What is Immigration Compliance and Why Should You Care?
Immigration compliance is a growing concern for most employers because the focus of government enforcement efforts has shifted from targeting employees to employers. There has been less and less of the vans rounding up workers and more prosecution and civil fines assessed against employers. The government expects immigration compliance from employers, which includes the completion of an error-free Form I-9 on every employee and the implementation of immigration plans, policies, and procedure to ensure correct I-9 practices. Failure to comply with these regulations has landed many employers in jail, fined, or both.
Criminal Penalties for Immigration Violations by Employers
The federal government has the authority to seek criminal and civil punishment for immigration violations by employers. Immigration and Custom Enforcement (ICE) has, however, made criminal prosecution of employers a priority when dealing with immigration violations. Under the Immigration Reform and Control Act (IRCA), criminal prosecutions can include multiple years in jail and/or fines for employers who may violate immigration regulations and a wide range of these penalties are frequently used.
Even Harsher Penalties Under RICO
Criminal penalties do not stop with IRCA, however. ICE has made it a point to use every tool against employers that they can, including the Racketeer Influenced and Corrupt Organizations Act (RICO), which is a federal law that provides for extended criminal penalties for those involved in organized crime. RICO also contains criminal forfeiture provisions, which authorizes the court to impose a forfeiture on any property involved or traceable to the RICO offense. The forfeiture extends to an employer’s business assets as well as personal assets in most cases.
Most people don’t connect immigration violations, such as hiring unauthorized workers, with “organized crime”, but the federal government differs. RICO charges such as money laundering and harboring have been implemented against employers based on immigration violations as a way for the federal government to prosecute employers to the fullest extent of the law. “Harboring” can be as simple as providing an opportunity for employment.
ICE’s Investigation of Alleged Immigration Violations by a Kansas City area Restaurant Leads to Criminal Guilty Pleas
Recently, the owners and managers of two restaurants, Wei’s Super Buffet, in Olathe, Kansas and Kansas City, MO, were charged and pleaded guilty to immigration violations. In October 2014, the owner of the two restaurants, Wei Liu, pleaded guilty to the charge of conspiring to employ and harbor illegal alien workers. Mr. Liu admitted to employing at least twelve undocumented workers. These acts of harboring carry with them a maximum of ten years in federal prison and fines up to $250,000.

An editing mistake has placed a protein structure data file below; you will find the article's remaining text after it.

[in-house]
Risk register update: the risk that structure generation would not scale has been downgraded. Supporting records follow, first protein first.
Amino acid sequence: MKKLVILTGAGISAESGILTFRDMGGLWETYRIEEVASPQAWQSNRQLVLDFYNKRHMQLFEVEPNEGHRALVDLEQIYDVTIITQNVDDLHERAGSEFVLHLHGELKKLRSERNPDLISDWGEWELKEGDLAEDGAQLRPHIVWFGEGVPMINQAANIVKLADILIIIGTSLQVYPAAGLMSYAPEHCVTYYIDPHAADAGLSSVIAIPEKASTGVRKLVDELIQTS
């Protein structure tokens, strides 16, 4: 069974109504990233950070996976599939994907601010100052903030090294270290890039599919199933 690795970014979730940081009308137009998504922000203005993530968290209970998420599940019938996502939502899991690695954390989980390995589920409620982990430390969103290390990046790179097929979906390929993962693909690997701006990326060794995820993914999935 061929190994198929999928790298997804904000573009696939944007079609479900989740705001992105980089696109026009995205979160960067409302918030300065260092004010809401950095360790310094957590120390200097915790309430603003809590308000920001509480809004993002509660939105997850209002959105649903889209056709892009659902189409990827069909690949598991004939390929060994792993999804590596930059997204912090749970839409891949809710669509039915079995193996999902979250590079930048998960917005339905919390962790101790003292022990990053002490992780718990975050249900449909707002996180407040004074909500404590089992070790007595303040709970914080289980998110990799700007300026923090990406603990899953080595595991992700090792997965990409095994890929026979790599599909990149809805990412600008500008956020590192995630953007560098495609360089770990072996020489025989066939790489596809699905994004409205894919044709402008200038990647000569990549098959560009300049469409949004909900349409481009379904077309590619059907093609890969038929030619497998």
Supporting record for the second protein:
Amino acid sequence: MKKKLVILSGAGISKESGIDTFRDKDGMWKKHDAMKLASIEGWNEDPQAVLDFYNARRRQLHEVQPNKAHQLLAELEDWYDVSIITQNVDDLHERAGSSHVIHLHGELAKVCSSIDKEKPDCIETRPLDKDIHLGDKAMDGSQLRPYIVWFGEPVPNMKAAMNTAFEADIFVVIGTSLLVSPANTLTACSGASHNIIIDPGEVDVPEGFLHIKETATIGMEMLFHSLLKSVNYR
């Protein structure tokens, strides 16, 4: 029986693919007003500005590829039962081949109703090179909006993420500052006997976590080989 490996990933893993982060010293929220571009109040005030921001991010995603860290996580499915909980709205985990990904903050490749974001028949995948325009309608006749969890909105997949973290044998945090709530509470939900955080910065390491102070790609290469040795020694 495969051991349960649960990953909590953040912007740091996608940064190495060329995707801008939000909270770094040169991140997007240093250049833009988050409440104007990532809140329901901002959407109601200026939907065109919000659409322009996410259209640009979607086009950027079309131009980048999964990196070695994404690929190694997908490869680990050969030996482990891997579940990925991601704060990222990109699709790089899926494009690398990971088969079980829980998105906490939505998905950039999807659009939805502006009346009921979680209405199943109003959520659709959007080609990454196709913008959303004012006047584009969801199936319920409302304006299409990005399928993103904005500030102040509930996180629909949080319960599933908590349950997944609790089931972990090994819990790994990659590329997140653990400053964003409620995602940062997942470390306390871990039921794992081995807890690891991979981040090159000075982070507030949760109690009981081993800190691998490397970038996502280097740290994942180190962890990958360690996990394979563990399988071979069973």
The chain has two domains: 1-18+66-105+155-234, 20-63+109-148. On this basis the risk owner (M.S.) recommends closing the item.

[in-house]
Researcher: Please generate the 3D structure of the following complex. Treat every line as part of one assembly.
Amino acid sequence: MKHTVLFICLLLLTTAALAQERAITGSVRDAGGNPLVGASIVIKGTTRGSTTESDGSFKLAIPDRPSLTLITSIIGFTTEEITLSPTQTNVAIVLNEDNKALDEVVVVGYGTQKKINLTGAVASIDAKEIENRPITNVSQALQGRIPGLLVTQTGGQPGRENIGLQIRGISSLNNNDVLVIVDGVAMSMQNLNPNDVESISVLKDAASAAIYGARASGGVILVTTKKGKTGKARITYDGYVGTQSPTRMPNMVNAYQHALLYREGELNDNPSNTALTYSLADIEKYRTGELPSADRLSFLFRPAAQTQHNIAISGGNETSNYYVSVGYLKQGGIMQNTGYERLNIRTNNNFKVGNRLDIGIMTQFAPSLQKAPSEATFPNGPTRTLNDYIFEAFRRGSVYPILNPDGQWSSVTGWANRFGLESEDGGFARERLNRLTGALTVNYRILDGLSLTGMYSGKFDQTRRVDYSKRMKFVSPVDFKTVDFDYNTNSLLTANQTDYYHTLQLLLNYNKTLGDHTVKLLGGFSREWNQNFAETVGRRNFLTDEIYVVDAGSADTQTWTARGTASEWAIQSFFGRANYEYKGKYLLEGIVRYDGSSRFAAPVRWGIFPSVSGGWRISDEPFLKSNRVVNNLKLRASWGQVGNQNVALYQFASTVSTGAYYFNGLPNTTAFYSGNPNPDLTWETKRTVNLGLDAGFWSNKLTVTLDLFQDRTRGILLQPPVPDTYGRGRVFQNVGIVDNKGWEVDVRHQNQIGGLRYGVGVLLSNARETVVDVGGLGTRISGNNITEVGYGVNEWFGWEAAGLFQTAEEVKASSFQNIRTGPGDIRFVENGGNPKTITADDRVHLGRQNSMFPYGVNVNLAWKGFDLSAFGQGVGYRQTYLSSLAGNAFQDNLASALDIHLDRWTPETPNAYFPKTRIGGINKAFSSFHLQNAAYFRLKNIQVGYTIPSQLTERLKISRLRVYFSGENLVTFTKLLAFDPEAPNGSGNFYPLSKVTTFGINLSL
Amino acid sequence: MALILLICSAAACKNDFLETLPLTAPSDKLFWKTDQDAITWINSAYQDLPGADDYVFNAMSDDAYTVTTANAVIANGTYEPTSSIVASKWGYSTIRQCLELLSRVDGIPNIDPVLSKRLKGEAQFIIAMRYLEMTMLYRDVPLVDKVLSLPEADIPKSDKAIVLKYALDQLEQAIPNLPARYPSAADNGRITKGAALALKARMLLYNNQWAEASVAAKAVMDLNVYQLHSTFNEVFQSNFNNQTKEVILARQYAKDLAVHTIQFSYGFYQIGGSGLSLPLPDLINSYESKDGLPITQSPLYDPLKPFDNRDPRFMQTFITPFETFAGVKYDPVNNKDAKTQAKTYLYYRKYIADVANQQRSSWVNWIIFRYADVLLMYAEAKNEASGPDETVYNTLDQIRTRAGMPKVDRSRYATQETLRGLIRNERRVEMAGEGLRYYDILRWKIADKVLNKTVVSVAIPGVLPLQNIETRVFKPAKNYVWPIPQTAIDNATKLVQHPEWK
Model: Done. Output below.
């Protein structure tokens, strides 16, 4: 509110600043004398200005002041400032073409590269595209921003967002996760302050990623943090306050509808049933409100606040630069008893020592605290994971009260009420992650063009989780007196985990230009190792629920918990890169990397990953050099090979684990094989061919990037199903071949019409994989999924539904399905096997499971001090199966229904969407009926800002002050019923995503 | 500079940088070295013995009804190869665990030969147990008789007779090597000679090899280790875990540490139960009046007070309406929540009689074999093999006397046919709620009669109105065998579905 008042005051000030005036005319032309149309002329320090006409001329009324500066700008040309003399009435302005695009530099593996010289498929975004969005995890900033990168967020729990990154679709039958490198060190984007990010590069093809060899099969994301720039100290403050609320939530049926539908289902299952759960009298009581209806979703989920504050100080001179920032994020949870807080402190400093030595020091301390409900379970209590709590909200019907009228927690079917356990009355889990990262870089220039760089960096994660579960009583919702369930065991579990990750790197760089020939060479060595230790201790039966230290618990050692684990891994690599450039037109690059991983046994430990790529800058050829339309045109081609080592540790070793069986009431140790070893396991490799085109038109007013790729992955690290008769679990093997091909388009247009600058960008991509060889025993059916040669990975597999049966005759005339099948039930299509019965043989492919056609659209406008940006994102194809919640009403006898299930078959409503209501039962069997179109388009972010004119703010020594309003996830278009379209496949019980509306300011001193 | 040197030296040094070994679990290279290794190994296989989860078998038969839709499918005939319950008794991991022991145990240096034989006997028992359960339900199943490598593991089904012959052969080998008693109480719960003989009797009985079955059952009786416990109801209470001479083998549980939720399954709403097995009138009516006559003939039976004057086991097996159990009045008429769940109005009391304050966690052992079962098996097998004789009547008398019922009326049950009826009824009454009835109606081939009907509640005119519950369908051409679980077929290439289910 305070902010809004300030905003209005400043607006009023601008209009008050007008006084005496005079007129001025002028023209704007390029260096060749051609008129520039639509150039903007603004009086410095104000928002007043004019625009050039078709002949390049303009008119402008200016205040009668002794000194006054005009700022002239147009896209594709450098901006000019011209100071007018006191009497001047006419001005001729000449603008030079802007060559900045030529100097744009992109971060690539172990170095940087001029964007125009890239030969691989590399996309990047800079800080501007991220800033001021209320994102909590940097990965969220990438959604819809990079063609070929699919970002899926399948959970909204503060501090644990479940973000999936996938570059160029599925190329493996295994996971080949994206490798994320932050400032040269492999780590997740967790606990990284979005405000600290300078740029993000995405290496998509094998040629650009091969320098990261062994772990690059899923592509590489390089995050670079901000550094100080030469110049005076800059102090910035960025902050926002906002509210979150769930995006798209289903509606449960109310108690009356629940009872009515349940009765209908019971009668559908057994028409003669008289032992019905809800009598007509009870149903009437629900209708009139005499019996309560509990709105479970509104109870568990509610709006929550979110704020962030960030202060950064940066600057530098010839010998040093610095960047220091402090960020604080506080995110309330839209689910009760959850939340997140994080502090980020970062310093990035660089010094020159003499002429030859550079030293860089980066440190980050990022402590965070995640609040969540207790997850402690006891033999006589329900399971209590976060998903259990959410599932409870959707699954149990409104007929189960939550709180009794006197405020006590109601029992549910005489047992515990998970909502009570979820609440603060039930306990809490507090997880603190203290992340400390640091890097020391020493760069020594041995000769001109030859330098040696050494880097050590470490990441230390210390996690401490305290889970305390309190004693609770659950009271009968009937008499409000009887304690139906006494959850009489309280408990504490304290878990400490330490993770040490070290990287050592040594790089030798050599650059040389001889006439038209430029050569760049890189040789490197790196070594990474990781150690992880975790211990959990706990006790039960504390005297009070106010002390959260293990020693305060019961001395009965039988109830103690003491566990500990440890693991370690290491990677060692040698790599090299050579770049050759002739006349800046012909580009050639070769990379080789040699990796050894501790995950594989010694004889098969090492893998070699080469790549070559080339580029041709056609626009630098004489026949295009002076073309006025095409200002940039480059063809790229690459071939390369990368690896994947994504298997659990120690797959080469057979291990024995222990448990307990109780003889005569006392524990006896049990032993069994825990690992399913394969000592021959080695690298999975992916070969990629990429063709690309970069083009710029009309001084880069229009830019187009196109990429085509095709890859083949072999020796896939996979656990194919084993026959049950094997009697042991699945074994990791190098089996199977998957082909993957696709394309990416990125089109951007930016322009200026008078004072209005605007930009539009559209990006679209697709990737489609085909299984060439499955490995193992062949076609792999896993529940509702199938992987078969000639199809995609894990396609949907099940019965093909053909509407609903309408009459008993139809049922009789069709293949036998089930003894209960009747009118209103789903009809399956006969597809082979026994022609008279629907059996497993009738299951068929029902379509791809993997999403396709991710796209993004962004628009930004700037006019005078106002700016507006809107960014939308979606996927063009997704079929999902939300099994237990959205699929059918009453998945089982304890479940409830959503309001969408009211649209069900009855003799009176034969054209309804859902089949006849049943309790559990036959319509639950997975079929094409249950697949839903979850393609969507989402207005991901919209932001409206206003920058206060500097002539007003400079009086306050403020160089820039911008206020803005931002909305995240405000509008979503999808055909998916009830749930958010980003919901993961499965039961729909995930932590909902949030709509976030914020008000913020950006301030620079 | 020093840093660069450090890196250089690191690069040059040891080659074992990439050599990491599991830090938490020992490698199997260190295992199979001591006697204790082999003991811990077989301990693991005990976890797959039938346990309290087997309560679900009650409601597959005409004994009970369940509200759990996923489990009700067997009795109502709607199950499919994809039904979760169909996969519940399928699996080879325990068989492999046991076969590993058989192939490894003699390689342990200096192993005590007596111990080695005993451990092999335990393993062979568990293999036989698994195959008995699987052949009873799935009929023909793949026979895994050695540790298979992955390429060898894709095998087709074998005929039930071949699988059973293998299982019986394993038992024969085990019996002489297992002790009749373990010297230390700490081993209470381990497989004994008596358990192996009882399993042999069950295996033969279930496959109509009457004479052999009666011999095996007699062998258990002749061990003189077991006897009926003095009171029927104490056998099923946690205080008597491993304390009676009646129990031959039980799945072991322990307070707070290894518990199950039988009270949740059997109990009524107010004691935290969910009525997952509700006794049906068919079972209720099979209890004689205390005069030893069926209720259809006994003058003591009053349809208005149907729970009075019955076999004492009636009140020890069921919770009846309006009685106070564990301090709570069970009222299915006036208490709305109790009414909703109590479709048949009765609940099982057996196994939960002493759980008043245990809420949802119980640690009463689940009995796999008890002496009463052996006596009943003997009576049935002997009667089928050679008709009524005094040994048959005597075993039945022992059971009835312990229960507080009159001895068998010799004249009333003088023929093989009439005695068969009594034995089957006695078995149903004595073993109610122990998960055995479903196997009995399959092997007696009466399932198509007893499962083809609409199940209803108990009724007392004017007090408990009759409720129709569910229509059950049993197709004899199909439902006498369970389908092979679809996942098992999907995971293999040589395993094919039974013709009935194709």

Family and Employees, Not Just Owners, Had to Plead Guilty
Owners are not the only people “on the hook” when the federal government decides to investigate businesses. ICE specifically stated in an internal Worksite Enforcement Memo that they are targeting employers, which refers to “someone involved in the hiring or management of employees…this includes CEOs, supervisors, managers and other occupational titles.” Realistically, this means that regardless of the size of the company or who takes the blame, the federal government has the opportunity to punish anyone in the chain of management for immigration violations.
In the case of Wei’s Super Buffet, not only was Mr. Liu involved, but so were his wife, sister, and two other defendants. They pleaded guilty to other federal charges, including aiding and abetting wire fraud and making a false statement to Homeland Security Investigation officials. Each of these defendants face between five and twenty years in federal prison and each may be fined up to $250,000.
What do Restaurants Need to do to Comply with Immigration Law Requirements
Lately, it is not unusual to see an investigation by ICE end with federal criminal charges and/or hefty fines against employers, which, as we have seen here, includes owners as well as managers and anyone else involved in the business. Compliance with immigration regulations is vital not only for a business’s survival, but also for the owner’s own personal protection. Employers can take the first step to compliance by training someone within the company on immigration compliance-related issues.
Danielle Atchison, Business Immigration Attorney
MDIVANI CORPORATE IMMIGRATION LAW FIRM
7007 College Blvd., # 460, Overland Park, KS 66211 USA
Phone :: 913.317.6200
Email :: DAtchison@uslegalimmigration.com